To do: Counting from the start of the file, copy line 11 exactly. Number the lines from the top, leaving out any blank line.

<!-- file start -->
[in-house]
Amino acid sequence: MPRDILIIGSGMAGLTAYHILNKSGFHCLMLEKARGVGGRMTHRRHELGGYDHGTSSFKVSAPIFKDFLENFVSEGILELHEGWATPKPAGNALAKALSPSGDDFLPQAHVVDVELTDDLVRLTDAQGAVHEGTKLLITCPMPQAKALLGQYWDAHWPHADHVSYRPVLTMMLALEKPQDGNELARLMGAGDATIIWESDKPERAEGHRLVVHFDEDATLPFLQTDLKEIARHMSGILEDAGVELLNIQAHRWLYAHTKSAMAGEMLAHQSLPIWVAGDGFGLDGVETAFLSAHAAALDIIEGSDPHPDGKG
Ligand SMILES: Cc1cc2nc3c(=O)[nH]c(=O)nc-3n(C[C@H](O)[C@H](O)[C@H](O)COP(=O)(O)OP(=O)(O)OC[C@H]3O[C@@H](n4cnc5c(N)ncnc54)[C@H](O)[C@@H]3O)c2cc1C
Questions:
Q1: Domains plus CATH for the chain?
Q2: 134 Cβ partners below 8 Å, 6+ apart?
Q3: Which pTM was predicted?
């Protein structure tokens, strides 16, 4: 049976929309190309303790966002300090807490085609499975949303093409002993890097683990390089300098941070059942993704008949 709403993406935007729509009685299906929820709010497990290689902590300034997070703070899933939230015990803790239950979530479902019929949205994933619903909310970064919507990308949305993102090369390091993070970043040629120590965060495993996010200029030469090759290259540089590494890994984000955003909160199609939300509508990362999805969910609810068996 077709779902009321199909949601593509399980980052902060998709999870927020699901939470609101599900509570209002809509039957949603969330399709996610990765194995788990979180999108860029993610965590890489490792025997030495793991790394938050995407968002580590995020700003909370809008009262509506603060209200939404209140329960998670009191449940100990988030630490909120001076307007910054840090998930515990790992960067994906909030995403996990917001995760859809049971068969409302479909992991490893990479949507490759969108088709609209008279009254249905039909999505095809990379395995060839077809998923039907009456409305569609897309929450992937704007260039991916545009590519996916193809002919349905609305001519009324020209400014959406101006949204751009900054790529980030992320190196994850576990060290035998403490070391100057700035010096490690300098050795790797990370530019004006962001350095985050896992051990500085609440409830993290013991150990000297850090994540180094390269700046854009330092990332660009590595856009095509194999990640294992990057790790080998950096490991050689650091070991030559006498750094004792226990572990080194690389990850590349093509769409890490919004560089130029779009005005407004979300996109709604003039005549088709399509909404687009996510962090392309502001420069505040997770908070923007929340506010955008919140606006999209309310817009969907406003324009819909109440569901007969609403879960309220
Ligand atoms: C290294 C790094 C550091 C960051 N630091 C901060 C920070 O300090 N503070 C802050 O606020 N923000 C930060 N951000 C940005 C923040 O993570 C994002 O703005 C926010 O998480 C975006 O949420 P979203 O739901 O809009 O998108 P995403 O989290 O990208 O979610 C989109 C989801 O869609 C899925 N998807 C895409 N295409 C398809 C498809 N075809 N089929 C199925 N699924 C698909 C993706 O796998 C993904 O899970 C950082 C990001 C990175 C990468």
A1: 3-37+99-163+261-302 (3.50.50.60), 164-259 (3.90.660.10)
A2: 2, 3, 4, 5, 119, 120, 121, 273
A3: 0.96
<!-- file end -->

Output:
A2: 2, 3, 4, 5, 119, 120, 121, 273